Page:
All American Marine (AAM) has won a contract from Switch Maritime to complete the aluminium construction and outfitting of a 21-m, 84-passenger, zero-emissions, hydrogen-powered, electric-drive ferry that will operate in the California Bay Area
The project to build the vessel – both project and vessel are called Water-Go-Round – began at Bay Ship & Yacht shipyard in Alameda, California, and is being transferred to AAM. When launched, the Water-Go-Round vessel will be the US’ first hydrogen fuel cell vessel and the world’s first commercial fuel cell ferry.
The project is funded in part by private capital from Switch Maritime, an investment platform seeking to build North America’s first fleet of zero-emissions vessels. The project is also partially funded by a US$3M grant from the California Air Resources Board, as part of the California Climate Investments initiative, a statewide programme aimed at reducing greenhouse gas emissions.
The consortium backing the project, Golden Gate Zero Emission Marine, will provide the hydrogen fuel cell power package and serve as technical and regulatory consultant on the project.
The e-ferry, which will serve as the flagship vessel for Switch Maritime’s fleet, will use an onboard set of fuel cells arranged in compact stacks – similar to the way banks of batteries are arranged – to minimise the space dedicated to their storage on board. The fuel cells turn hydrogen into electricity by injecting hydrogen on one side and by supplying compressed ambient air on the other side of a proton exchange membrane (PEM fuel cell).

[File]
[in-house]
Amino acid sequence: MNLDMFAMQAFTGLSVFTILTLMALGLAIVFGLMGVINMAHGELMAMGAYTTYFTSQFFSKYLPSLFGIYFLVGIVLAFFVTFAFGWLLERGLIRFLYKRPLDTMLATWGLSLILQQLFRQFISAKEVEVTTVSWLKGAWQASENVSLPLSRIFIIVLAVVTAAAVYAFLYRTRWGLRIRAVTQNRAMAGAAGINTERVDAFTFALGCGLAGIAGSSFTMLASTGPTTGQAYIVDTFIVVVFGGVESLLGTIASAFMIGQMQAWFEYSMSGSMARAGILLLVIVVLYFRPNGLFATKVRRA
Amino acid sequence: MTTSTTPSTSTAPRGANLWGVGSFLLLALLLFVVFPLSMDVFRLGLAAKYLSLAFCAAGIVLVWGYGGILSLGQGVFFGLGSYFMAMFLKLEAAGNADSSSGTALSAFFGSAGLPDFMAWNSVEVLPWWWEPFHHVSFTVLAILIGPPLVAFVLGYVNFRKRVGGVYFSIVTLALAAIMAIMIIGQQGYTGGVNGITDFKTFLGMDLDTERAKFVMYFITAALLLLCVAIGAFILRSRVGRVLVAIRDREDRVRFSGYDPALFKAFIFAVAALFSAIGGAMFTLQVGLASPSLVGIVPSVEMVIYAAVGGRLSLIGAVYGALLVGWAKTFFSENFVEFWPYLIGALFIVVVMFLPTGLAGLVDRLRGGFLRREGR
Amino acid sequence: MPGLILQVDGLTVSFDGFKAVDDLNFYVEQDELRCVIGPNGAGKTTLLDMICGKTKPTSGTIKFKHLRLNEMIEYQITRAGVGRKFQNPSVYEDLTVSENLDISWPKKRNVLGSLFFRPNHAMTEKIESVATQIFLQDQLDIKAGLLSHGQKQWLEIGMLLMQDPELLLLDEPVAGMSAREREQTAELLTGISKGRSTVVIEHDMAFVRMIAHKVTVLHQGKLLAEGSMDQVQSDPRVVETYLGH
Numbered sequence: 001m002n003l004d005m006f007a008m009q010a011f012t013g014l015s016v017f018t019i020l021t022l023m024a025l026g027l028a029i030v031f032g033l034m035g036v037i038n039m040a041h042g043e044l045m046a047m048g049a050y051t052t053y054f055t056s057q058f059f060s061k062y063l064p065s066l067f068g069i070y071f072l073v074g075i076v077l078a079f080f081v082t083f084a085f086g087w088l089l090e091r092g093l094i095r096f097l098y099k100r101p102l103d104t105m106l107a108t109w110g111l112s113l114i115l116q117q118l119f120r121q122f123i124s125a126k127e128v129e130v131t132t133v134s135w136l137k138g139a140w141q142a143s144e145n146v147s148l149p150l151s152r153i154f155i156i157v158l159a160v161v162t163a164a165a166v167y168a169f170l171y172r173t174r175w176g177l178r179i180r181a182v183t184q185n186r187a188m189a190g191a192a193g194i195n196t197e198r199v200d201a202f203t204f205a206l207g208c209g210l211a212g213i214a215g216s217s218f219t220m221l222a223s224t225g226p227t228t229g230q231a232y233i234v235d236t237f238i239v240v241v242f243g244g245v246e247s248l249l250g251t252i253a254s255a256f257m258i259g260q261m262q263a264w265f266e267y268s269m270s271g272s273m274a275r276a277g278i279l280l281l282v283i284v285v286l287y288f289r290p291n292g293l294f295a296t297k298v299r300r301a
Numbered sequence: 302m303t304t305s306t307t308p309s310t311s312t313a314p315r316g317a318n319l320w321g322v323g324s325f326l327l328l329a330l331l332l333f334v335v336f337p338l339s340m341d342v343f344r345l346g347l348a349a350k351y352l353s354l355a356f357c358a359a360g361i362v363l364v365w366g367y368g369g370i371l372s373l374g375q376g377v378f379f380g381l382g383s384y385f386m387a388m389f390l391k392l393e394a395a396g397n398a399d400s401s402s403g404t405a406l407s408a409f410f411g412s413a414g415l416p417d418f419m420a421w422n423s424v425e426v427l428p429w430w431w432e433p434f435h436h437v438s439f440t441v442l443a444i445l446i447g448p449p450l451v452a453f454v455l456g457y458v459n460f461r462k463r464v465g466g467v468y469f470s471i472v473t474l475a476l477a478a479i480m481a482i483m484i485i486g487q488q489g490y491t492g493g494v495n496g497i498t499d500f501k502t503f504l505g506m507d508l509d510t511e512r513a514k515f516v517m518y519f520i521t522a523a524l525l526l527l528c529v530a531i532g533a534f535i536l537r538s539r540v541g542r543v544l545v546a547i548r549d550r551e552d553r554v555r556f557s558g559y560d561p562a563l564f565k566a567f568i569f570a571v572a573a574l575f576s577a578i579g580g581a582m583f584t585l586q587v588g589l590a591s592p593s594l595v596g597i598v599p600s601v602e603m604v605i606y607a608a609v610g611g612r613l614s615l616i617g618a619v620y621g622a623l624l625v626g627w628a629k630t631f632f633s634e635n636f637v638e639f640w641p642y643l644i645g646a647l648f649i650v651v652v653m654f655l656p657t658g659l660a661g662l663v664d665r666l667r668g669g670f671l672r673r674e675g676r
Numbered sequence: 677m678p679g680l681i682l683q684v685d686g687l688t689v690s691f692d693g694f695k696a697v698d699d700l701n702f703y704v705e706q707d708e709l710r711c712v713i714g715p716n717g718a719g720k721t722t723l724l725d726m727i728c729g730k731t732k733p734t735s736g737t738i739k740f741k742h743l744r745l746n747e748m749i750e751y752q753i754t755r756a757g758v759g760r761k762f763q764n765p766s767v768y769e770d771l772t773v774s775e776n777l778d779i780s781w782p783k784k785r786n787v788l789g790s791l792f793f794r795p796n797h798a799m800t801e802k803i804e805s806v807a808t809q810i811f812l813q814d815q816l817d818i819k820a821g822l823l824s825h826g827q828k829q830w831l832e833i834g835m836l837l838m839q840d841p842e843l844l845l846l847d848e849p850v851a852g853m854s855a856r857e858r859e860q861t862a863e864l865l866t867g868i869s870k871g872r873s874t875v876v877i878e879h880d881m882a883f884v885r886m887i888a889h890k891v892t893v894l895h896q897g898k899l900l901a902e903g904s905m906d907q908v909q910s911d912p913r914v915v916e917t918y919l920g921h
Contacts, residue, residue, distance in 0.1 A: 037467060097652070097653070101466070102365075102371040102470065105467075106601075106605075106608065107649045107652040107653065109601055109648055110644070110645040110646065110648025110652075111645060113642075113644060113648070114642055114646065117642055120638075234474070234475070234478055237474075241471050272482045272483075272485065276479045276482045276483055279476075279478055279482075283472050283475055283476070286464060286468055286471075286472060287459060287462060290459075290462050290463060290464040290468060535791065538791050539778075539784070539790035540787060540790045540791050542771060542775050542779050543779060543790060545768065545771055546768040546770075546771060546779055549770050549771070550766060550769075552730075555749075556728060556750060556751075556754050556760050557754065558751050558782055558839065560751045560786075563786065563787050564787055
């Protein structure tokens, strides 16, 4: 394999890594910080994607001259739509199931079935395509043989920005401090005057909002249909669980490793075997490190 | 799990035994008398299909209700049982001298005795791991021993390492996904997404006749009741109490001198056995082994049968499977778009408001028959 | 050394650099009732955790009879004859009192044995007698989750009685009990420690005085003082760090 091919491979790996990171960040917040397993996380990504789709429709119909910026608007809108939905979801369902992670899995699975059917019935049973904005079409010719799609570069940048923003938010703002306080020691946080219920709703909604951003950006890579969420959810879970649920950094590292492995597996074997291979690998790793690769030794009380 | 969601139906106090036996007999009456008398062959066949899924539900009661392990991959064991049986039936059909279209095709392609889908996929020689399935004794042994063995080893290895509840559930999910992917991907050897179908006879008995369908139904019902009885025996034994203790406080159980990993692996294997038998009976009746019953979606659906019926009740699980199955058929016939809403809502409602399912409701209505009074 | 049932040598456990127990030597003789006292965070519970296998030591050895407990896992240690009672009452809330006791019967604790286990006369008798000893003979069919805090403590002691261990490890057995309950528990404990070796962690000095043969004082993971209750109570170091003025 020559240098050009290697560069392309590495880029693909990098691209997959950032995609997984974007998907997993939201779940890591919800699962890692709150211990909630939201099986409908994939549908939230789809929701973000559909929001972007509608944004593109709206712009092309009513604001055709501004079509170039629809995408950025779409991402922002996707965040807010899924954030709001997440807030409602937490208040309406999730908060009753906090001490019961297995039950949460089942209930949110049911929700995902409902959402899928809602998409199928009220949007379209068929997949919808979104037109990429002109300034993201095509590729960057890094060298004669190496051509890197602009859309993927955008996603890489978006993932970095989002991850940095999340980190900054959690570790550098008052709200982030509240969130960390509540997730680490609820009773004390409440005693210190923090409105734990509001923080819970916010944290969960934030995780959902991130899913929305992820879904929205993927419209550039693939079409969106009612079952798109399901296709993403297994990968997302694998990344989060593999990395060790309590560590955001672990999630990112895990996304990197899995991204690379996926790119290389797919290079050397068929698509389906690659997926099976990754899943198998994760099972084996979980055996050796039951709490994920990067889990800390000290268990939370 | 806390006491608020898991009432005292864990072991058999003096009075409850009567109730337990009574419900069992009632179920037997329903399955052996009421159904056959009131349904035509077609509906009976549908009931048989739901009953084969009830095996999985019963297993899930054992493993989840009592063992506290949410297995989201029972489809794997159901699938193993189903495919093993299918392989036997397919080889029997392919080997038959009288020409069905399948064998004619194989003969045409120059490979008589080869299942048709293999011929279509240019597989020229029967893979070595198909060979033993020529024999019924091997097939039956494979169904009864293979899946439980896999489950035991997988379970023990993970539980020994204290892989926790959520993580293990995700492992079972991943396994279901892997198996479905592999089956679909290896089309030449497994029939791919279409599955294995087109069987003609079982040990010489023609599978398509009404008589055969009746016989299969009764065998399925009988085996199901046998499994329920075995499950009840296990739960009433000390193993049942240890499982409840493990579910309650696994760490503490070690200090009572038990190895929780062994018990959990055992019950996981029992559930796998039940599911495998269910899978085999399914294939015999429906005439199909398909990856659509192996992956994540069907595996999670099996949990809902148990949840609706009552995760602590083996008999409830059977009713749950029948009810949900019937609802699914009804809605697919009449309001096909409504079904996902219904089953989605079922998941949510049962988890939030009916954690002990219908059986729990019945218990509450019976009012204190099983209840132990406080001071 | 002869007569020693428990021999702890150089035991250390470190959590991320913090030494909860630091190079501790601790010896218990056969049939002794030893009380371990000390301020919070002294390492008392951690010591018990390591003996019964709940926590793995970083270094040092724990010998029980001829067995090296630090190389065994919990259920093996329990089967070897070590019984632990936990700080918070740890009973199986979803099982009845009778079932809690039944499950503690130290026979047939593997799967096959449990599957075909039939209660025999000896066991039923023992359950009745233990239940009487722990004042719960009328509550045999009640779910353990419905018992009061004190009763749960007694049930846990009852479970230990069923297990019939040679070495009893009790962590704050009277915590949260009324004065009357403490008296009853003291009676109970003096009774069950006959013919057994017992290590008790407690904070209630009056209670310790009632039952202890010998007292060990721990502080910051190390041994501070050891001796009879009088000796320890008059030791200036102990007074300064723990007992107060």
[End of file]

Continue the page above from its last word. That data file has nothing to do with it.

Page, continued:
The hydrogen fuel storage is connected to the vessel’s fuel cell powertrain, creating electricity to run the propulsion motors and turning the twin fixed-pitch propellers. Fuel cell systems afford the same operational flexibility as diesel with zero emissions and less maintenance.
AAM president and chief executive Matt Mullett said “We believe hydrogen fuel cell technology will prove to be a robust alternative to conventional powertrain technologies.”
The statement said AAM had been chosen to finish the build based on a track record for delivering state-of-the-art vessels and because the company’s new shipyard has an expanded capacity and production capabilities for larger and more complex vessels.
Switch Maritime is seeking to work with existing ferry operators around the United States to provide capital and technology to accelerate the transition to zero emissions.
The Golden Gate Zero Emission Marine consortium is leveraging technology from BAE Systems and Hydrogenics.
The California project is among many new hydrogen fuel projects, including a major initiative across the Atlantic, that aim to make hydrogen vessels commercially viable.